MPEG stands for the Motion Picture Experts Group, part of the International Organization for Standardization (ISO) and International Electrotechnical Commission (IEC), charged with creating and publishing standards for various areas of technology, respectively. MPEG standards address audio and video formats used online, in television broadcasts, and in DVD media.
A number of MPEG standards are in current use, and more are sure to follow. Some well-known standards are explained briefly below.
This video format was used to store movies on CDs, known as Video CD, or VCD. Quality is equal to that of a VHS tape, and compatibility playback on CD/DVD players is high. One drawback of this standard is that it only supports progressive footage, verses the inclusion of interlaced. These terms relate to the way a picture paints itself across a screen. Progressive monitors (including progressive TVs) paint a picture "from top to bottom" progressively in a single, sequential pass. Interlaced displays paint every other line, then fill in the odd lines in a two-pass process.
MPEG-2: This standard improved on MPEG-1 by including the ability to encode interlaced pictures. It is widely used for digital cable, satellite and over the air digital signals. This format is also prevalent for movies distributed on DVD. Television receivers, DVD players and television stations typically incorporate this standard.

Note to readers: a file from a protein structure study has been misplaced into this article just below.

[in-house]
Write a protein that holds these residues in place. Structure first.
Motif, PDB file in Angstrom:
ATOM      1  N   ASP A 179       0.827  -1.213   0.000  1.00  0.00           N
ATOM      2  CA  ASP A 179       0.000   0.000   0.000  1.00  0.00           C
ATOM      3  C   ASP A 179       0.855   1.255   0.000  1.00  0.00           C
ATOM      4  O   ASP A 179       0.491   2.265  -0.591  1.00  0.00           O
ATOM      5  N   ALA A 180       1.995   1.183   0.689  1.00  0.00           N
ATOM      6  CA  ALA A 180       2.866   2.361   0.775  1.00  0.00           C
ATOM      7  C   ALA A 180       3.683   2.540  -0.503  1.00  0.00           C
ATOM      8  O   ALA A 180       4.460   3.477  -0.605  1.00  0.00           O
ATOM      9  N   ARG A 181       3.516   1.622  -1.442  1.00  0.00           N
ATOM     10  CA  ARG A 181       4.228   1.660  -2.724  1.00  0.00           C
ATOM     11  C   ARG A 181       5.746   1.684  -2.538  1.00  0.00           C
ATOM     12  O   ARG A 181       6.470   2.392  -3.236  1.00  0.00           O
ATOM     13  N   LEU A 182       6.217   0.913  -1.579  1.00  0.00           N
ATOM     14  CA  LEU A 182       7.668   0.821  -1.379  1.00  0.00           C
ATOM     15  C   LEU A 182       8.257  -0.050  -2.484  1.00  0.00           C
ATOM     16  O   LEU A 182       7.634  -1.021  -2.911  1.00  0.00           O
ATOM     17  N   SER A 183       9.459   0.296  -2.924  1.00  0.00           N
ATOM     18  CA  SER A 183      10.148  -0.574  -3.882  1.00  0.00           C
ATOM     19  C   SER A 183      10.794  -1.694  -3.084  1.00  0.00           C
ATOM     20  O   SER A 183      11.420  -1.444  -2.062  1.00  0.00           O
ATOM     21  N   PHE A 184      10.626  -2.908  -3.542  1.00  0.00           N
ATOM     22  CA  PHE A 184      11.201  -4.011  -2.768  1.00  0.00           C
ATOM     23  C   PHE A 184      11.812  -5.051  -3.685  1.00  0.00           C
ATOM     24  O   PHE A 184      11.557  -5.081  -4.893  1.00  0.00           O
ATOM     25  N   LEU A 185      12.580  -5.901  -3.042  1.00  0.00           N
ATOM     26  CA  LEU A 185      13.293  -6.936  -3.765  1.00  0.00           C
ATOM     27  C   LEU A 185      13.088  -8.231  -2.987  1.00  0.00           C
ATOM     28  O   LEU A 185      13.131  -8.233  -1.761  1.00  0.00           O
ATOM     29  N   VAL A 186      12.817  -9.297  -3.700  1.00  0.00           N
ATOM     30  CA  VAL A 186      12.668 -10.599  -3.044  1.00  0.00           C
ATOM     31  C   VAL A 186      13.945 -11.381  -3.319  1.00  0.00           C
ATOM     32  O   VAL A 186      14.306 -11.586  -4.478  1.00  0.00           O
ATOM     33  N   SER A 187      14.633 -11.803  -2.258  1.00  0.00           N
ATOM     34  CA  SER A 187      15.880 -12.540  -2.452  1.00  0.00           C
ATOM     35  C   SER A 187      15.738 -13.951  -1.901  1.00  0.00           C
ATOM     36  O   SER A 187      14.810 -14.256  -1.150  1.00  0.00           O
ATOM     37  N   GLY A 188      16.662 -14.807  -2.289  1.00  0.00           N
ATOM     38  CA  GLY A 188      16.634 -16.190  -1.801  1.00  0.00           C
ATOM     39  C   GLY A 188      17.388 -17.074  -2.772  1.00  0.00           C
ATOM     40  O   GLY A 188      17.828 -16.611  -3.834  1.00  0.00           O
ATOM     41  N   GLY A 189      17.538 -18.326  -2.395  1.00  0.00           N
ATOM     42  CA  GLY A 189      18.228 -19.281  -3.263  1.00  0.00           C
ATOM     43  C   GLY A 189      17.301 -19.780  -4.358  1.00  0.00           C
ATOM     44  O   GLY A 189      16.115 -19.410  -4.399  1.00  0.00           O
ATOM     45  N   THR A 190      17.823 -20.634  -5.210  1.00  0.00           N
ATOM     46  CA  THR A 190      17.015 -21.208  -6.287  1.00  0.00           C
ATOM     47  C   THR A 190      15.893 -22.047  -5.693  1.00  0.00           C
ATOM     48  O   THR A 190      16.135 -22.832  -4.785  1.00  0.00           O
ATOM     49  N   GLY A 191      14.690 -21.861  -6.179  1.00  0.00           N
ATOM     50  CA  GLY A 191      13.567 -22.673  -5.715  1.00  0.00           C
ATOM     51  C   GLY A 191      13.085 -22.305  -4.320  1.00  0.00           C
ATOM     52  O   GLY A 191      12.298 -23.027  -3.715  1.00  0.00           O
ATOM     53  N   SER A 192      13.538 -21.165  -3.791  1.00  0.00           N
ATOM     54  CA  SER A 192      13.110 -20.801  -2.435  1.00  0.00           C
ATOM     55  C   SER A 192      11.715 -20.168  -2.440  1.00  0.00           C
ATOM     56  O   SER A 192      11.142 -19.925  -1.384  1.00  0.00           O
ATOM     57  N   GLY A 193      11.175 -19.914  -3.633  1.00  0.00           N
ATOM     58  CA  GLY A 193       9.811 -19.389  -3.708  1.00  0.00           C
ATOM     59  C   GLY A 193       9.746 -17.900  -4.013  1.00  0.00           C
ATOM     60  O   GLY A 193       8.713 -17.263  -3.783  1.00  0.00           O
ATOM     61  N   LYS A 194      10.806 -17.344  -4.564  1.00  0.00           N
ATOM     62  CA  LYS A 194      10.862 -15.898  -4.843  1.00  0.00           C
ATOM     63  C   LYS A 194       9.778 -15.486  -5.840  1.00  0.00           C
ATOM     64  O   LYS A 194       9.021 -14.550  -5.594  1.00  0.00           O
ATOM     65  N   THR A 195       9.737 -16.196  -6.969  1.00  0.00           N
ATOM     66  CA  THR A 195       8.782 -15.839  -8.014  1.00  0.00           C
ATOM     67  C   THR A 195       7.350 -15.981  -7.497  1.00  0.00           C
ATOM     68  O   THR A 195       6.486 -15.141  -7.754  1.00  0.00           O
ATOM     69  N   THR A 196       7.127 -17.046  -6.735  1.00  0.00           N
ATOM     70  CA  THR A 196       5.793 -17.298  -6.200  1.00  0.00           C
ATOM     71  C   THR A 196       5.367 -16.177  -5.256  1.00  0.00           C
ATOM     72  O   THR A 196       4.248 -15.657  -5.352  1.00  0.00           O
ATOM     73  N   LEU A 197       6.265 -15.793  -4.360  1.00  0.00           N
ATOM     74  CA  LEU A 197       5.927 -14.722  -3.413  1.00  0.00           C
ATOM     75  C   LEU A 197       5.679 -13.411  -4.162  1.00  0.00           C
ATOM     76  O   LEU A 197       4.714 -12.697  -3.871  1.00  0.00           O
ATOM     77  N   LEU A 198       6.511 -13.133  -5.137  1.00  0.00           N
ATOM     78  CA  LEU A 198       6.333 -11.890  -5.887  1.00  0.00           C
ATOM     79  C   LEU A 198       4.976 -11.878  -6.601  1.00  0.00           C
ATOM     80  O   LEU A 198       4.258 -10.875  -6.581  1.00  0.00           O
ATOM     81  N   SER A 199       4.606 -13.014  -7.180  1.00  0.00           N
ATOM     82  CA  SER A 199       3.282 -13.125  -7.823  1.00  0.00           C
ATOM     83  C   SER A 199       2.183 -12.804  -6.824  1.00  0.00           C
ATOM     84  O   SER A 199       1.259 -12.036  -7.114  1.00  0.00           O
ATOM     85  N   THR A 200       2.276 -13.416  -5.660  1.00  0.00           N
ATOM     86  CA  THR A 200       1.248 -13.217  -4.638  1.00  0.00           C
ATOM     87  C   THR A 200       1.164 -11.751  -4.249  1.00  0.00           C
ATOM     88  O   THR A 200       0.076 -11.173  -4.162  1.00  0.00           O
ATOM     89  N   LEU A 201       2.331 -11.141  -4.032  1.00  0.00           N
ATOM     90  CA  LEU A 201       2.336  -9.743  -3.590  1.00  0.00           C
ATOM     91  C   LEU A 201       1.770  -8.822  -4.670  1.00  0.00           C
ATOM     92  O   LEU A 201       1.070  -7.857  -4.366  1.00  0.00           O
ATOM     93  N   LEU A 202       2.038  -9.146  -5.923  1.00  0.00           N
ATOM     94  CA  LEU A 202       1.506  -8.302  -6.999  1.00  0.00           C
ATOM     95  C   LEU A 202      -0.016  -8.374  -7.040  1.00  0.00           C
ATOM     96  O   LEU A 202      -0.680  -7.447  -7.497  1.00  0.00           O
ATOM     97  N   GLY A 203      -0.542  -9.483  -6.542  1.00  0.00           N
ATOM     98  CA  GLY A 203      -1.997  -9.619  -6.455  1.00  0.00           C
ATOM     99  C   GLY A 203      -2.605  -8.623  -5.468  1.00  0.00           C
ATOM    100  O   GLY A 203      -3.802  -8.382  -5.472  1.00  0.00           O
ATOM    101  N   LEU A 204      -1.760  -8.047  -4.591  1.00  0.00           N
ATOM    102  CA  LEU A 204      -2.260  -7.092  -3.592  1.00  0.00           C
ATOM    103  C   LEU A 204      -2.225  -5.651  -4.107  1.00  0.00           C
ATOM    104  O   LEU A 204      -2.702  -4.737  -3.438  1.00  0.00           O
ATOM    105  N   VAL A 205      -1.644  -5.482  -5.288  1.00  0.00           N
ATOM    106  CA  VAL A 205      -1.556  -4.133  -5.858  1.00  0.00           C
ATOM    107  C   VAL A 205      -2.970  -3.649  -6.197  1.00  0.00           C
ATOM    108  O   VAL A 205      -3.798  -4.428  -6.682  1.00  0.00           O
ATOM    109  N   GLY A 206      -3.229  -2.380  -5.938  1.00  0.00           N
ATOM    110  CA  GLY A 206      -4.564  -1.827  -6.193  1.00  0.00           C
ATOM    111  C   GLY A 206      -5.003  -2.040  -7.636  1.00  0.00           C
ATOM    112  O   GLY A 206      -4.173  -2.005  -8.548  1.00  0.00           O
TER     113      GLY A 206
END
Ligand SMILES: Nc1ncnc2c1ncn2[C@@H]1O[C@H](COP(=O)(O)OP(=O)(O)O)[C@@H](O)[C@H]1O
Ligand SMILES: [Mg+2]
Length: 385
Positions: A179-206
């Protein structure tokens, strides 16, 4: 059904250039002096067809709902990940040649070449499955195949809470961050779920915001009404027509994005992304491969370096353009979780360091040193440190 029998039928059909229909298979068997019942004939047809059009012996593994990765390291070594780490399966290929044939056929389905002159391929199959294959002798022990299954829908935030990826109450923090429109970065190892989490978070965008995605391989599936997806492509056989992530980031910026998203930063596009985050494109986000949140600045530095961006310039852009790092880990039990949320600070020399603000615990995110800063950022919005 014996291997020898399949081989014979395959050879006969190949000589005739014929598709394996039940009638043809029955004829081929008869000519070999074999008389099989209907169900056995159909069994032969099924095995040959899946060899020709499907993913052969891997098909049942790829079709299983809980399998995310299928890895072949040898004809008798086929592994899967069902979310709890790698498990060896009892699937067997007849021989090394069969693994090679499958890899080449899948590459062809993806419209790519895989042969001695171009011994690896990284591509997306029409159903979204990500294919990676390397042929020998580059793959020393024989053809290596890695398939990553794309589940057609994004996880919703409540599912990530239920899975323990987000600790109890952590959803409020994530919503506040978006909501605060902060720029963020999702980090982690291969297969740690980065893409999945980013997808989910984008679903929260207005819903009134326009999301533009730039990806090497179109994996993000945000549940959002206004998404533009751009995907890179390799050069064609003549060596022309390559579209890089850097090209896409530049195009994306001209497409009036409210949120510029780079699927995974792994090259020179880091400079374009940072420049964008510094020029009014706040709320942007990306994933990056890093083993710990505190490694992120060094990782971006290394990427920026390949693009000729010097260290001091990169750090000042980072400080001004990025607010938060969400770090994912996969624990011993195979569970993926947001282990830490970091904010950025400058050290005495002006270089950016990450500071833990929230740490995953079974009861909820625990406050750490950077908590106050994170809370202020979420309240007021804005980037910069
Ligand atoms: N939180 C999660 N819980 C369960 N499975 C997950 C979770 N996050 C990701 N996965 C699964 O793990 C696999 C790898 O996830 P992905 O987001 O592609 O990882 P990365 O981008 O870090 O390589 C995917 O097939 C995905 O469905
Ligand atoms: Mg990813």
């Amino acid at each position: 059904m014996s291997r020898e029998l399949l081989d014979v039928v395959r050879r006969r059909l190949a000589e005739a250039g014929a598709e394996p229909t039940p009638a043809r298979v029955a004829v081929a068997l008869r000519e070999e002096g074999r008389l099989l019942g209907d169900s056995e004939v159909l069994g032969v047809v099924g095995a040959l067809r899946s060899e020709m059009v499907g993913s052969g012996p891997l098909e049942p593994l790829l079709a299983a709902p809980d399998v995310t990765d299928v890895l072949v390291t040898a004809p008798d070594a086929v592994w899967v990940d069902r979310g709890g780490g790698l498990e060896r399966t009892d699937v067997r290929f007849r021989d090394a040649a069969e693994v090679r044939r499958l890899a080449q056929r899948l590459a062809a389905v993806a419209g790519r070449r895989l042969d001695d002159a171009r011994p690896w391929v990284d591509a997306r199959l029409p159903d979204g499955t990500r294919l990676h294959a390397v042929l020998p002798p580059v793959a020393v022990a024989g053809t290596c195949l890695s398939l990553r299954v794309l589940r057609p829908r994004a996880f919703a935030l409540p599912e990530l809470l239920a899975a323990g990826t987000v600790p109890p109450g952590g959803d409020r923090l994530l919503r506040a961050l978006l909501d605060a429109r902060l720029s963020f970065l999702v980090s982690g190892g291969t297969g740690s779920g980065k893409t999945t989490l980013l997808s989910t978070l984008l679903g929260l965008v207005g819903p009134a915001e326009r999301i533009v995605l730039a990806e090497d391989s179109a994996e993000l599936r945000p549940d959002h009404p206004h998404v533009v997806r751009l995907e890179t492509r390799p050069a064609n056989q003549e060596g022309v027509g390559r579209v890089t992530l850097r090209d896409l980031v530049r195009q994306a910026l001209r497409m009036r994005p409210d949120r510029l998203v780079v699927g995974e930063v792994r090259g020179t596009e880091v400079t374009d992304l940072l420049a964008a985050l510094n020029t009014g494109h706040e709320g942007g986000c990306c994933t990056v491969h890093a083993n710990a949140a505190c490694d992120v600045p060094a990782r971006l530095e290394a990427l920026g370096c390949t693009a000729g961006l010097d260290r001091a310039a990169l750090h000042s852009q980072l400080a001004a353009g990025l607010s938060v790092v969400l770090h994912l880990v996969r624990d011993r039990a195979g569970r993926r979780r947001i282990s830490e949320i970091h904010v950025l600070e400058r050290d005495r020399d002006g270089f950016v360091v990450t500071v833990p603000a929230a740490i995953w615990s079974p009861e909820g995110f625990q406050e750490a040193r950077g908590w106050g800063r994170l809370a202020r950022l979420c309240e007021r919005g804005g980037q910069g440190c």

MPEG-2 also contains two container formats: the Transport Stream and Program Stream. These relate to the way digital broadcasts are transmitted and formatted to media, respectively.
MPEG-3: The intention was to make this standard compatible with high-definition TV (HDTV), but this became unnecessary when MPEG-2 extensions expanded that standard's ability to encompass HDTV. At that time, this standard was abandoned.
MPEG-4: Borrowing from the first two standards, MPEG-4 extends functionality of audio/video compression by improving format flexibility. It supports 3-D rendered objects, as well as incorporating the copyright protection scheme known as Digital Rights Management (DRM). This standard can be used for broadcast television, online streaming media, applications such as videophone, and distribution on digital media.
The MPEG-4 standard is developed in “parts” associated with some well-known codecs. For example, DivX, Xvid, Nero Digital and Quicktime6™ are a few codecs that use part 2. A different version of Nero Digital (AVC), and Quicktime (version 7) use part 10, as does the x264 codec. Blu-ray discs and some types of HD DVDs also use this flavor.
MPEG continues to develop (non-sequentially numbered) standards, such as MPEG-7 and MPEG-21, dedicated to multimedia content.